Defining Diabetes Mellitus And Symbolic Interactionism
Diabetes Mellitus is one of the nine National Health Priority Areas (NHPAs) agreed by the Australian Health Ministers’ Advisory Council as it contributes to the burden of disease in Australia (AIHW, 2018b)and increases risks of other chronic illnesses such as heart disease, stroke and high blood pressure (Cherney). In this essay, the stigma associated with diabetes will be examined through symbolic interactionism. I argue that diabetes has been stigmatised in Australia and it has added to the burden of diabetes. First, diabetes will be discussed within the Australian context. Secondly, the social, environmental and cultural determinants of diabetes will be highlighted. Lastly, I will explain how symbolic interactionism can aid the diabetes burden, emphasising recommendations to aid accessibility to food places and recreational facilities and promote inclusiveness through government engagement.
According to the Australian Institute of Health and Welfare (AIHW), 1 in 20 adults (1.2 million) have self-reported to have diabetes and 1 in every 4 adults living with diabetes is undiagnosed. This has contributed to 10% of all deaths (16,450) in 2016 (AIHW, 2018a). Death rates secondary to diabetes increases as the age group increases. For instance, the death rate in the age group of 0-55 years is 4 persons/100,000 population, while the death rate in the age group of 85+ is 1,285 persons/100,000 population (AIHW). This disease not only affects the person diagnosed with it, but it also affects the people who take care of them and they are usually a family member. This translates to about 2.4 million people who are affected by diabetes (DiabetesAustralia). The estimated annual cost for diabetes is A$14.6 billion (The Boden Institute of Obesity, 2013). Thus, diabetes management is one of the government’s priorities and a lot of finances has been pumped in to tackle this disease.
There are a few determinants of diabetes. The first determinant is about the social aspect – the demographic of society. This refers to the socioeconomic status (SES). According to the Australia’s Health 2018 report, the impact of diabetes varies among different socioeconomic groups. Those who come from the lowest socioeconomic areas have a 2.6 times higher rate in having diabetes and 2.3 times higher rates in dying from diabetes compared to those who live in the highest socioeconomic areas (AIHW). The area of remoteness plays a part as people who live in lower socioeconomic areas do not have the accessibility to recreational facilities to exercise and supermarkets to purchase healthier food. In addition, people who are of lower SES do not have the financial capacity to purchase and consume healthier food (Supriya Krishnan, 2010).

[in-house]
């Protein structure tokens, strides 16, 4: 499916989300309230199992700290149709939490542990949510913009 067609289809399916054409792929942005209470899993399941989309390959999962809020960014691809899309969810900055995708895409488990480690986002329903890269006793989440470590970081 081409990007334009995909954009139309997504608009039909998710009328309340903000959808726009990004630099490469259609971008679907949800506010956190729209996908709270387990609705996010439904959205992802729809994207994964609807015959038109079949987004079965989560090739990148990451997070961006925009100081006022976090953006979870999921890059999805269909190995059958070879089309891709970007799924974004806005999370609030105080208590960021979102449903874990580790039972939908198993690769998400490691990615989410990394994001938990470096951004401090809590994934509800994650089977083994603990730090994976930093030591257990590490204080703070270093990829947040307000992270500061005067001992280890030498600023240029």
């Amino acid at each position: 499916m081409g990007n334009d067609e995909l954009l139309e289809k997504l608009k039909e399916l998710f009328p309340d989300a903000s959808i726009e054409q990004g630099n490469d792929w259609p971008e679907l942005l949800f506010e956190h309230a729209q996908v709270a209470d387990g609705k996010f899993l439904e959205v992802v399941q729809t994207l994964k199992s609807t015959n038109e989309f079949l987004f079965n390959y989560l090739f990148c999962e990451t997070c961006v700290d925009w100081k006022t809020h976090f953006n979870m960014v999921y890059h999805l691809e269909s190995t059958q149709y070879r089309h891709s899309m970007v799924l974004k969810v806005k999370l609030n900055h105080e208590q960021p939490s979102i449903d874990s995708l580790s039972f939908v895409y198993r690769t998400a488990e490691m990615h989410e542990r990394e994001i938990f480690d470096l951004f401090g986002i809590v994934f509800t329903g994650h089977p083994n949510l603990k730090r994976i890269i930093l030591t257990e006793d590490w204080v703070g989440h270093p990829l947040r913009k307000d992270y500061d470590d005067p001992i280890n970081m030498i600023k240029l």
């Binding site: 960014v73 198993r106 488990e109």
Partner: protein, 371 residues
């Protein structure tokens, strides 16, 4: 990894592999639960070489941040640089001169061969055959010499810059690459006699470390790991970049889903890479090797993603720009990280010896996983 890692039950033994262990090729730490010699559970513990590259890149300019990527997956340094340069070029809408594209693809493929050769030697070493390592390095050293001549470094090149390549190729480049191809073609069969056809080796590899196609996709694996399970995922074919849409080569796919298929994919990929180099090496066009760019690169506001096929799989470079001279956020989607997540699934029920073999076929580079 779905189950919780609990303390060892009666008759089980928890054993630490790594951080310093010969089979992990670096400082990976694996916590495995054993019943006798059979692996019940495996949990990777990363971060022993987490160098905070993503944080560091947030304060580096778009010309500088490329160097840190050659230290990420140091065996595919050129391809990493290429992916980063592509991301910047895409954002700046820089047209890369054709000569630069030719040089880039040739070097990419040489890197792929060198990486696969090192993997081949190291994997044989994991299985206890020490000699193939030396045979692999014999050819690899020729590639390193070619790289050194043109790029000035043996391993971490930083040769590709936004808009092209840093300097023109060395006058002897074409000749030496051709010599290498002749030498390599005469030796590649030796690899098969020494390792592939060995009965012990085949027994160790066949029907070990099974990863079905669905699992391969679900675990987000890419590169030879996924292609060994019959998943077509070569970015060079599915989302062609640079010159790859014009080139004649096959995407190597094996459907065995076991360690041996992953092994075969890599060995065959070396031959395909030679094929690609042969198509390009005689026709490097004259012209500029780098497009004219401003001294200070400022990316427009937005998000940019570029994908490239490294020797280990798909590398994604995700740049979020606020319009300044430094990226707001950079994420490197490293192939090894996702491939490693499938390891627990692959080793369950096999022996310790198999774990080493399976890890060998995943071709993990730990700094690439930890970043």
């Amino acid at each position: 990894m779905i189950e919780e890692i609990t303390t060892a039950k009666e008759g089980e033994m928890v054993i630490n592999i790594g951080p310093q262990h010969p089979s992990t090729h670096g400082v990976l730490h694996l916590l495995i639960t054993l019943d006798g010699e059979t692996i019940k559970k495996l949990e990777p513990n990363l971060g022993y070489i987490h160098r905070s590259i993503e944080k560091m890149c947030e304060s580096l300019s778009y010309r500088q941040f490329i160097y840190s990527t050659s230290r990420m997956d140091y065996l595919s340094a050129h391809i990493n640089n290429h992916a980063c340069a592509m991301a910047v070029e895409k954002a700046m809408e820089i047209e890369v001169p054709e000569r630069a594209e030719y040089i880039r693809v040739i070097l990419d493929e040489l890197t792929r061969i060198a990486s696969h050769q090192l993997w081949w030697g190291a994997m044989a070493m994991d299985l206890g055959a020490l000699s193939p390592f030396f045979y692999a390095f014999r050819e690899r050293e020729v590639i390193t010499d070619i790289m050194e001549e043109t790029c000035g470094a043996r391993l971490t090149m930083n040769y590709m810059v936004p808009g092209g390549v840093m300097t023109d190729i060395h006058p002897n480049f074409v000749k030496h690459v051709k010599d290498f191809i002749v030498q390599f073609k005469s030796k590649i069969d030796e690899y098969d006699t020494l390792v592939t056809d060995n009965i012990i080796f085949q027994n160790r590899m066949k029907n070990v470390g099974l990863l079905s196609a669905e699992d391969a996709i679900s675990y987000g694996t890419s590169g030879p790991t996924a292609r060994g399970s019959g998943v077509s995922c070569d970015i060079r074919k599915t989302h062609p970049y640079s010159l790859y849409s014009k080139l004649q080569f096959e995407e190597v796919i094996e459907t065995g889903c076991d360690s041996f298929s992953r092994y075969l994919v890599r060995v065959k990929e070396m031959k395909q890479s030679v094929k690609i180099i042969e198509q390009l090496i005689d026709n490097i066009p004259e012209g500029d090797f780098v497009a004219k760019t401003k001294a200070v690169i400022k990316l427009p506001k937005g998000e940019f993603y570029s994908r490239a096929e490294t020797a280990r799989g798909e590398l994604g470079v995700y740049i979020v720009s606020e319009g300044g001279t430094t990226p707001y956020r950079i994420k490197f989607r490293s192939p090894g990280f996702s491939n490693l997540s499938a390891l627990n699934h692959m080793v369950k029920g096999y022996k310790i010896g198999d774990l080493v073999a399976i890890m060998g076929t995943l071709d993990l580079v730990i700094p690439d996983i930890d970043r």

Urbanisation plays as a determinant environmentally to diabetes in shifting the food diet from an agricultural system toward having modern food chains and outlets. Thus, people are consuming more processed food, fats, oils, and sugar from these food chains (CORINNA HAWKES, 2017).
Food consumption affects diabetes culturally. The food we consume not only nourishes our bodies physically, but it also reveals an identity about us (FINKELSTEIN). From the previous paragraph, urbanisation has caused the rise in fast food outlets. According to the Australian Bureau of Statistics, “the total number of meals eaten outside the home is estimated to be one in three” (Australian Bureau of Statistics, 2000). The rise in dual-income families has resulted in lesser time for adults to prepare food (FINKELSTEIN), hence they eat out to save time. The habit to eat out implies that there is a higher spending power and income amongst Australians. In addition, Australia has a strong drinking culture found usually in social situations like parties or social networking events (GERRANS). This culture of drinking can imply a stigma that if you do not drink, you do not have a social life.
Applying a symbolic interactionism approach, I will discuss the stigma about people struggling with diabetes. Symbolic Interactionism is defined “as a micro-level theory that focuses on the relationships among individuals within a society”(‘Reading: Symbolic Interactionist Theory,’) . It is important to consider this approach because it will tackle the stigma on people with diabetes that they are different from society and it eases the burden of diabetes on them individually. As we mentioned earlier in the report, people who are of lower SES have a higher prevalence of diabetes. If they are diagnosed with diabetes, their job security will be threatened if employers find out about their condition (DiabetesAustralia, 2014). Hence, this will form a vicious cycle since their job security will affect their SES negatively.